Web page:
A solid contribution to the scholarship of this key figure of the French Revolution.

ROBESPIERRE

A REVOLUTIONARY LIFE

A meticulous but limited treatise on the life of one of France's most notorious revolutionaries.

Maximilien Robespierre (1758–1794) was a young provincial lawyer who came to Paris as a representative of the Third Estate, and he remained to become a leader of the leftist Jacobins in the revolutionary National Convention. A spellbinding orator, he was immensely controversial, revered by many as "the Incorruptible" genius of the revolution, reviled by others as a would-be tyrant, and his popularity underwent wild swings. Robespierre began his career as an opponent of capital punishment but ended it obsessed with omnipresent treasonous conspiracies and meting out death without trial to perceived enemies of the state, declaring that "the mainspring of popular government…is at once virtue and terror." He has thus long been popularly execrated as the bloodthirsty architect of the "reign of terror" of 1793–94. McPhee (Living the French Revolution 1789–1799, 2006, etc.) strives to rehabilitate Robespierre somewhat, arguing that the sanguinary excesses of the period were necessary to sustain the revolution against attacks from without and within, and that Robespierre's role in them was later exaggerated by other deputies seeking to minimize their own culpability. Given Robespierre's savage rhetoric and his influence at the time, McPhee's attempts at exoneration are less than thoroughly persuasive. The author also gives more attention to Robespierre's formative years and pre-revolutionary activities than has been customary in previous biographies. This is a thorough and well-written account of Robespierre's life, but nothing more. It is not a history of the French Revolution, and readers without a general familiarity with the events of that upheaval will have difficulty placing Robespierre's activities in a larger context. Similarly, while Robespierre's every political shift and maneuver is set forth in careful detail, no other leaders or personalities stand out in this narrative; even giants like Georges Jacques Danton and Jean-Paul Marat have only walk-on roles.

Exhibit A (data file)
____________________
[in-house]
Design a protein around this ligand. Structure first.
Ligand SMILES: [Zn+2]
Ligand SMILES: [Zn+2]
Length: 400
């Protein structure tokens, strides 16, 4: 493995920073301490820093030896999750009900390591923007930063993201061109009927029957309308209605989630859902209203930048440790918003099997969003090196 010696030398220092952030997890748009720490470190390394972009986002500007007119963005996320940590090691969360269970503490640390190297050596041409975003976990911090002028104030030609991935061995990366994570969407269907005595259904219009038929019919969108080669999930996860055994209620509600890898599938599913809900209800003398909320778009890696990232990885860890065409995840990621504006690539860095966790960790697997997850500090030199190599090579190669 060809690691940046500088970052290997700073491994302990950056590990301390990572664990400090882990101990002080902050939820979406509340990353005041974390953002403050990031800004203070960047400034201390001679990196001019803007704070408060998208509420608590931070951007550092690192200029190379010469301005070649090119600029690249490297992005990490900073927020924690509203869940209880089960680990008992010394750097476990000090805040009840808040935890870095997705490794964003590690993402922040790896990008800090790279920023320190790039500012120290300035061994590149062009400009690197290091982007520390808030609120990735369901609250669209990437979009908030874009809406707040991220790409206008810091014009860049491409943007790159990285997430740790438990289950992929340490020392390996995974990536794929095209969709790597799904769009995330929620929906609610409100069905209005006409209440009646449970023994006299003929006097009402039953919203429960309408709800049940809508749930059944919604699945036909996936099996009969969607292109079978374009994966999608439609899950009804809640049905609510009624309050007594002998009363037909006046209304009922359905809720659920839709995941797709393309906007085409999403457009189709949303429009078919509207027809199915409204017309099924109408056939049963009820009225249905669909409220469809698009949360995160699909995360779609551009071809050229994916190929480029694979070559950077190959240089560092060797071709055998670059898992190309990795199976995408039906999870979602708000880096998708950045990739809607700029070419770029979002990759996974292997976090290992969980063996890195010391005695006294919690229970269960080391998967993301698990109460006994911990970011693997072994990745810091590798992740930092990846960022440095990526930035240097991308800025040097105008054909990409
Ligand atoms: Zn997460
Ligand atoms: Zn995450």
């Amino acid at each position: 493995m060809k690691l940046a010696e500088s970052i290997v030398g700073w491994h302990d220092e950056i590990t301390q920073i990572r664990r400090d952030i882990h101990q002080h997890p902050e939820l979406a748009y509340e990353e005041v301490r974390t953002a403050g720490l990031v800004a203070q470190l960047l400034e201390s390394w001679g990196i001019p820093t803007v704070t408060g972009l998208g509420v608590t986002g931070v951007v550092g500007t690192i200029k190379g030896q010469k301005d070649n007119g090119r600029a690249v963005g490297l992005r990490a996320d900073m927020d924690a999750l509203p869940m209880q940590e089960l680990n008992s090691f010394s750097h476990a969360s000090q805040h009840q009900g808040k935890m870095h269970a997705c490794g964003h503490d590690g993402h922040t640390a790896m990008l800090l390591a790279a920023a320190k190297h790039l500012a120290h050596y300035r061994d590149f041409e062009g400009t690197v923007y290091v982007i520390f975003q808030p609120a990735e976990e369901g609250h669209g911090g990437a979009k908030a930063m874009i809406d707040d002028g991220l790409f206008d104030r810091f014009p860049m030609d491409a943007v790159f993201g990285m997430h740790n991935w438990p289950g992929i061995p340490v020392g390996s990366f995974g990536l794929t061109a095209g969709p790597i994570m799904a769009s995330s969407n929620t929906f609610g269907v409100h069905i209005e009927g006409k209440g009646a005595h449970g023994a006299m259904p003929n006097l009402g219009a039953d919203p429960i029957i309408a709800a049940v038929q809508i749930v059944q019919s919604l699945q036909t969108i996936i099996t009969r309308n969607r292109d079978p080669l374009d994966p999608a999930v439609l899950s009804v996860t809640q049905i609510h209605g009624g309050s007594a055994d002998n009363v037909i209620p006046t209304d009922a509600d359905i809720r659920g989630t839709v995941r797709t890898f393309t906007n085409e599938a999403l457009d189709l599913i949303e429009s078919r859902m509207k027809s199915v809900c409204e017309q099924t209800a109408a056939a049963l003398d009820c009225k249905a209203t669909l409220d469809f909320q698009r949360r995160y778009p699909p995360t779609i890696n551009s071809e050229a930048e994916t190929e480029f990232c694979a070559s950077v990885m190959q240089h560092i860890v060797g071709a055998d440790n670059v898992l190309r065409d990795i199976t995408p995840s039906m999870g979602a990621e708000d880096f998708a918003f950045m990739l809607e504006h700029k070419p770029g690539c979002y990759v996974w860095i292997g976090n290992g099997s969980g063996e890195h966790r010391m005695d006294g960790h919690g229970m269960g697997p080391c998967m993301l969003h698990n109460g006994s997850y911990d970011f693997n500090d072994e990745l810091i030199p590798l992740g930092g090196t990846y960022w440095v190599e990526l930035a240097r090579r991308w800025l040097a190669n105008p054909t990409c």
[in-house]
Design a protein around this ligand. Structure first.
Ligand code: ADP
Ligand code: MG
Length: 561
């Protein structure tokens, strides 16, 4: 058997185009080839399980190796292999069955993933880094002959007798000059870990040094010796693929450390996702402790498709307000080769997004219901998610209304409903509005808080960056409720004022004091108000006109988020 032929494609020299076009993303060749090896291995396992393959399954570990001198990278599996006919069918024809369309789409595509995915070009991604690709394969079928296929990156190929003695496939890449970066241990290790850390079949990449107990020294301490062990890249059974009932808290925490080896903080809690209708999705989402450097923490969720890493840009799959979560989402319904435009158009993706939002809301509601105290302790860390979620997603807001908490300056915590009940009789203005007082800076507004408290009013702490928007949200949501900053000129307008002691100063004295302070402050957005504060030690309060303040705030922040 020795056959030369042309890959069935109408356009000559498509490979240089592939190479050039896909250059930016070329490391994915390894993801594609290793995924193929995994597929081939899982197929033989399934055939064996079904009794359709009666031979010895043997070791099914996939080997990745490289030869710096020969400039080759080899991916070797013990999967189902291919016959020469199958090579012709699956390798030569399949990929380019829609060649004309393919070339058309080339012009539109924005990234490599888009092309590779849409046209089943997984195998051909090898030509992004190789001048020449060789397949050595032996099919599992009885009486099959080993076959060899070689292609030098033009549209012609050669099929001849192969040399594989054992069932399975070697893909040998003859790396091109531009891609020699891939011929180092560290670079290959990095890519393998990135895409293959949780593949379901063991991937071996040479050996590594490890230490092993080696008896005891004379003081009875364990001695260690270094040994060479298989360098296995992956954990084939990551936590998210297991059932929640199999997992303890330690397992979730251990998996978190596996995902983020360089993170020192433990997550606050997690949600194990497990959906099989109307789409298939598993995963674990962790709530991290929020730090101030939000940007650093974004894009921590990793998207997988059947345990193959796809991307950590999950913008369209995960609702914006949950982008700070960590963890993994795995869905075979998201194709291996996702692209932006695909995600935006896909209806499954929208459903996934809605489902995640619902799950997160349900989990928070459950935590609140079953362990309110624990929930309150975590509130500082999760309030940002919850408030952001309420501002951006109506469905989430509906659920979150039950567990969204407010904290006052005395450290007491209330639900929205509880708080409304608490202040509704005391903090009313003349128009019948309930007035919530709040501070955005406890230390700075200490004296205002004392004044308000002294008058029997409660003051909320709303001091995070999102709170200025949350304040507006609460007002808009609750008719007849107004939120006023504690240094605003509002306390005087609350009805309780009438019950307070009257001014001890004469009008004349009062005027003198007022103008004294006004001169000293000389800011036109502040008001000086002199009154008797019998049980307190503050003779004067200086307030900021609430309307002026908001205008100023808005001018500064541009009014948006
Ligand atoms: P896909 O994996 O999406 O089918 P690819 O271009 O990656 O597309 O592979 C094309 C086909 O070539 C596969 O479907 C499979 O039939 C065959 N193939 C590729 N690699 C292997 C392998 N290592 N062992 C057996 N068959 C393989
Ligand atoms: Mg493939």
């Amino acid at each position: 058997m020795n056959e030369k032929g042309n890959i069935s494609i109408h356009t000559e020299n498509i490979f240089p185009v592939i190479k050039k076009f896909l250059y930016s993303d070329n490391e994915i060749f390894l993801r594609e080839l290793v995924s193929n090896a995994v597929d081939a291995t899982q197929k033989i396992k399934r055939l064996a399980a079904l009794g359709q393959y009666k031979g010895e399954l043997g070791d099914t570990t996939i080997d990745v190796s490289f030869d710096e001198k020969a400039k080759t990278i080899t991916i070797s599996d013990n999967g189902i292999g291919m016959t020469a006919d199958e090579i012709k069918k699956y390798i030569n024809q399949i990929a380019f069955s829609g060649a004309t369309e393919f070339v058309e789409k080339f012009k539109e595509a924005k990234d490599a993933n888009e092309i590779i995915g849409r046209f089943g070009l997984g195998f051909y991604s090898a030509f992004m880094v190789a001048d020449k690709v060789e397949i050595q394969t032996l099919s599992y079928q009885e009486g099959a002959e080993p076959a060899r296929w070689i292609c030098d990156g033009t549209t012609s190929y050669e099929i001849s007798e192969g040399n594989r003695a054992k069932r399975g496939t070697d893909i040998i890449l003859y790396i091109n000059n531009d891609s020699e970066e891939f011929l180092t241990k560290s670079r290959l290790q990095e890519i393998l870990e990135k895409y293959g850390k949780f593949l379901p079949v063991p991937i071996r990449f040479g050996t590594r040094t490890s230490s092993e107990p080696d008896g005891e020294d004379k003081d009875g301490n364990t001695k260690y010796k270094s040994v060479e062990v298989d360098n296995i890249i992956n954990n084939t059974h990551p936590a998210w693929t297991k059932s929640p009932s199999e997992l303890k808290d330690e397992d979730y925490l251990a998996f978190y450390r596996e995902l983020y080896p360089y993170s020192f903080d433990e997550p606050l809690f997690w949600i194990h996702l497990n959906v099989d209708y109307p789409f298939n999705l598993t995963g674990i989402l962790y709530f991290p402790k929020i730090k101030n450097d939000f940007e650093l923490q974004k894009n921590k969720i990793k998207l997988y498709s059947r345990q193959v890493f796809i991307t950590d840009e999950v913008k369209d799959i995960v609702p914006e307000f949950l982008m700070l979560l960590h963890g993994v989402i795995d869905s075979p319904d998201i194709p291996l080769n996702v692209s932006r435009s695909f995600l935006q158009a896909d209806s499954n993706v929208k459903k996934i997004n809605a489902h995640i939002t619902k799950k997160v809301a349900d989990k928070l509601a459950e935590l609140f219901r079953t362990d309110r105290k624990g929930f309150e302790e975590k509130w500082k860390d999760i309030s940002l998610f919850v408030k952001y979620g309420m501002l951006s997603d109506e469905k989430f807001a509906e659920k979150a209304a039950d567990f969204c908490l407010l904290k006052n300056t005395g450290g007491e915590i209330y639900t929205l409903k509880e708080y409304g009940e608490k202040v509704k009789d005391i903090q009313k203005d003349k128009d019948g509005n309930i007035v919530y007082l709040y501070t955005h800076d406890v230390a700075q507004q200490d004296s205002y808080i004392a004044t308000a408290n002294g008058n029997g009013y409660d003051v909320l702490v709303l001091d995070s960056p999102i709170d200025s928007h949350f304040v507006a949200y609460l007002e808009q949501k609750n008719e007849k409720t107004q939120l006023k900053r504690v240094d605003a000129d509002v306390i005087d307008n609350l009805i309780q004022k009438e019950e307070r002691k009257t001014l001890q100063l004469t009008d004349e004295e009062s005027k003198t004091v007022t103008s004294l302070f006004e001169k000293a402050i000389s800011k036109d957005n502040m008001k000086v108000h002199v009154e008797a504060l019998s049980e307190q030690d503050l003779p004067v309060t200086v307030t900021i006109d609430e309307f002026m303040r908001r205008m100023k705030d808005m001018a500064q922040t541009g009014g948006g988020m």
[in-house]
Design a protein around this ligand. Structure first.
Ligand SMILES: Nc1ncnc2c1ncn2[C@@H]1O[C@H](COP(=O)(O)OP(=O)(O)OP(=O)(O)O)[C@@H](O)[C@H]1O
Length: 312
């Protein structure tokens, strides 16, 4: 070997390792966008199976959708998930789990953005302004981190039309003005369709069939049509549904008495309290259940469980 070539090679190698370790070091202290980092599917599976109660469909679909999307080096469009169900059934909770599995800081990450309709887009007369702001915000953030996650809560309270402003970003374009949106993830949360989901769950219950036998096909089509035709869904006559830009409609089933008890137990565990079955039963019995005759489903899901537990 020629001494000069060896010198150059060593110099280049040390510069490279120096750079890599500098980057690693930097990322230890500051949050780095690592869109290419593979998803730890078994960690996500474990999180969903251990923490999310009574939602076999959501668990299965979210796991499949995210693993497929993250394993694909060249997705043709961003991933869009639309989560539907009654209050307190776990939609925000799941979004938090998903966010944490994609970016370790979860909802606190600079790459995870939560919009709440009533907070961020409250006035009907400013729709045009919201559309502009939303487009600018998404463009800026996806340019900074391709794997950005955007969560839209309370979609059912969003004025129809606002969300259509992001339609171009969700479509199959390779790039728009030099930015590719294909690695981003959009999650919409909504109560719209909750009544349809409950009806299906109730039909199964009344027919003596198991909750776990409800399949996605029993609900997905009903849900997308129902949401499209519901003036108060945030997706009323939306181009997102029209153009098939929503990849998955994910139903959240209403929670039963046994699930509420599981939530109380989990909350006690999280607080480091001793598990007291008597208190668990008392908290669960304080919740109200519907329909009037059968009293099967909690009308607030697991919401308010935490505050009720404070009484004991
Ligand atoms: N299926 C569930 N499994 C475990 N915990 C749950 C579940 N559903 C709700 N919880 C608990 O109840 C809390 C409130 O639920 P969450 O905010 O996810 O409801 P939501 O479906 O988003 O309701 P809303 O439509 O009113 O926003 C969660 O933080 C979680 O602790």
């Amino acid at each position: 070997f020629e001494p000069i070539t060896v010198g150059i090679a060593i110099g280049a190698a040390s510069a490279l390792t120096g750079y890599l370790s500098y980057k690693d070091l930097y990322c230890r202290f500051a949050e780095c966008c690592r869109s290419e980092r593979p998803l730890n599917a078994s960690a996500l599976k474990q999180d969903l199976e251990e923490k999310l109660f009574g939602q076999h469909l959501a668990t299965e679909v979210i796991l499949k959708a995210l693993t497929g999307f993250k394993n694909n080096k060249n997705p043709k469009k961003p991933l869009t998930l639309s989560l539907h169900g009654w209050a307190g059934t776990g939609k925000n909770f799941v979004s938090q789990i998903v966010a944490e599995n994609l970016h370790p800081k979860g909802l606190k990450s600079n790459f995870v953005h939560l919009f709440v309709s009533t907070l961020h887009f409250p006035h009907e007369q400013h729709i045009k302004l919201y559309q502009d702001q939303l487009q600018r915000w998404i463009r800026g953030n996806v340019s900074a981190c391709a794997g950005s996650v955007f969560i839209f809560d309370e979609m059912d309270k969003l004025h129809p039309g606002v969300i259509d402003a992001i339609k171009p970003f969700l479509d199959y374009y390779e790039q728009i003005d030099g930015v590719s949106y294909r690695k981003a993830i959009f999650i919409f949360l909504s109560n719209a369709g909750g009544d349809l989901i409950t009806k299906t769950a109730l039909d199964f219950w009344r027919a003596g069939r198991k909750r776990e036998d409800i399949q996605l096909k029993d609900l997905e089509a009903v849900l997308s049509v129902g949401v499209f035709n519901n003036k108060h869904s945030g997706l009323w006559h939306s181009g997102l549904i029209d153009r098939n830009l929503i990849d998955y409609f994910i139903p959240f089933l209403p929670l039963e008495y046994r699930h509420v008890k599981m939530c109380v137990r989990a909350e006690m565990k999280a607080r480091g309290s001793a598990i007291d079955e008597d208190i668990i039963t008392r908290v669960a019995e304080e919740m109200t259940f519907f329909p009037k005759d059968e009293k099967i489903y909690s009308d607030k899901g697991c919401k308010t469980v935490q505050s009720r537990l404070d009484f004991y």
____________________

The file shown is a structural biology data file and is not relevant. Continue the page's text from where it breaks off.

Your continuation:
A solid contribution to the scholarship of this key figure of the French Revolution.

Pub Date: March 13, 2012

ISBN: 978-0-300-11811-7

Page Count: 352

Publisher: Yale Univ.

Review Posted Online: Feb. 5, 2012

Kirkus Reviews Issue: Feb. 15, 2012

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If the authors are serious, this is a silly, distasteful book. If they are not, it’s a brilliant satire.

THE 48 LAWS OF POWER

The authors have created a sort of anti-Book of Virtues in this encyclopedic compendium of the ways and means of power.